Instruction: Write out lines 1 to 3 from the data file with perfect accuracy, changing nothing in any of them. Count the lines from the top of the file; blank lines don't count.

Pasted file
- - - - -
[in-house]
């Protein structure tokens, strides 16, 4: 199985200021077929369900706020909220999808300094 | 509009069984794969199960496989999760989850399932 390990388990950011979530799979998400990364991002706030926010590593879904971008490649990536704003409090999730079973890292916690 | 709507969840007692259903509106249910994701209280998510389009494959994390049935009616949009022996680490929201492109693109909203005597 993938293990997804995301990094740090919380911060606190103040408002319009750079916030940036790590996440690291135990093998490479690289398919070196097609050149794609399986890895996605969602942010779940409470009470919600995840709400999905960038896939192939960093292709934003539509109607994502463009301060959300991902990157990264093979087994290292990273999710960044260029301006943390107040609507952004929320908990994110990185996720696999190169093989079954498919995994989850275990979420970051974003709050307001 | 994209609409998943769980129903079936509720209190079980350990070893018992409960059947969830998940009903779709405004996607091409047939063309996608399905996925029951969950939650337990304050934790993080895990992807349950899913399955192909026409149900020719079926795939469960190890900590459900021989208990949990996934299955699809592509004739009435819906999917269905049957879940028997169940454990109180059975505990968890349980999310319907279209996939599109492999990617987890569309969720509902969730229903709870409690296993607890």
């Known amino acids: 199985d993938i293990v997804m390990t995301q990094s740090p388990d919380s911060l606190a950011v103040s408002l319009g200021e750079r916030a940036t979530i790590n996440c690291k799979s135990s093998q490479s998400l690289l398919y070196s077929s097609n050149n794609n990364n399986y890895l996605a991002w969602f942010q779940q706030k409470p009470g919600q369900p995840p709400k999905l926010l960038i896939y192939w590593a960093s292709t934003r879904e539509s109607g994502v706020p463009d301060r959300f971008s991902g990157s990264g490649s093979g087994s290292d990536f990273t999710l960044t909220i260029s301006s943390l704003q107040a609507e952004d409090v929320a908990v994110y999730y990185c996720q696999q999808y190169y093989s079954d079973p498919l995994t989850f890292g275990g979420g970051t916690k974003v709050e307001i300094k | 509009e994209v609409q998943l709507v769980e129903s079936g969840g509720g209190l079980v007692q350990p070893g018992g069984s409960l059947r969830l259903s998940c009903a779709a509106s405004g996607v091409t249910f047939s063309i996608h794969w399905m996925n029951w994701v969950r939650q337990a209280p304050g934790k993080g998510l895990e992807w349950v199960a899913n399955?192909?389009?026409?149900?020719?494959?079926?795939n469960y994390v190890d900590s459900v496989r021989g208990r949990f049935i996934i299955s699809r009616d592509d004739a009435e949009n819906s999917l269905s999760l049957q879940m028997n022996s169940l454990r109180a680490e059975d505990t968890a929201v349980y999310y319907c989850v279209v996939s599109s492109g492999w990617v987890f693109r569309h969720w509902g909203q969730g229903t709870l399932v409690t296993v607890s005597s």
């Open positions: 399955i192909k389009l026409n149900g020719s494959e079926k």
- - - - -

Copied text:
[in-house]
């Protein structure tokens, strides 16, 4: 199985200021077929369900706020909220999808300094 | 509009069984794969199960496989999760989850399932 390990388990950011979530799979998400990364991002706030926010590593879904971008490649990536704003409090999730079973890292916690 | 709507969840007692259903509106249910994701209280998510389009494959994390049935009616949009022996680490929201492109693109909203005597 993938293990997804995301990094740090919380911060606190103040408002319009750079916030940036790590996440690291135990093998490479690289398919070196097609050149794609399986890895996605969602942010779940409470009470919600995840709400999905960038896939192939960093292709934003539509109607994502463009301060959300991902990157990264093979087994290292990273999710960044260029301006943390107040609507952004929320908990994110990185996720696999190169093989079954498919995994989850275990979420970051974003709050307001 | 994209609409998943769980129903079936509720209190079980350990070893018992409960059947969830998940009903779709405004996607091409047939063309996608399905996925029951969950939650337990304050934790993080895990992807349950899913399955192909026409149900020719079926795939469960190890900590459900021989208990949990996934299955699809592509004739009435819906999917269905049957879940028997169940454990109180059975505990968890349980999310319907279209996939599109492999990617987890569309969720509902969730229903709870409690296993607890």
């Known amino acids: 199985d993938i293990v997804m390990t995301q990094s740090p388990d919380s911060l606190a950011v103040s408002l319009g200021e750079r916030a940036t979530i790590n996440c690291k799979s135990s093998q490479s998400l690289l398919y070196s077929s097609n050149n794609n990364n399986y890895l996605a991002w969602f942010q779940q706030k409470p009470g919600q369900p995840p709400k999905l926010l960038i896939y192939w590593a960093s292709t934003r879904e539509s109607g994502v706020p463009d301060r959300f971008s991902g990157s990264g490649s093979g087994s290292d990536f990273t999710l960044t909220i260029s301006s943390l704003q107040a609507e952004d409090v929320a908990v994110y999730y990185c996720q696999q999808y190169y093989s079954d079973p498919l995994t989850f890292g275990g979420g970051t916690k974003v709050e307001i300094k | 509009e994209v609409q998943l709507v769980e129903s079936g969840g509720g209190l079980v007692q350990p070893g018992g069984s409960l059947r969830l259903s998940c009903a779709a509106s405004g996607v091409t249910f047939s063309i996608h794969w399905m996925n029951w994701v969950r939650q337990a209280p304050g934790k993080g998510l895990e992807w349950v199960a899913n399955?192909?389009?026409?149900?020719?494959?079926?795939n469960y994390v190890d900590s459900v496989r021989g208990r949990f049935i996934i299955s699809r009616d592509d004739a009435e949009n819906s999917l269905s999760l049957q879940m028997n022996s169940l454990r109180a680490e059975d505990t968890a929201v349980y999310y319907c989850v279209v996939s599109s492109g492999w990617v987890f693109r569309h969720w509902g909203q969730g229903t709870l399932v409690t296993v607890s005597s």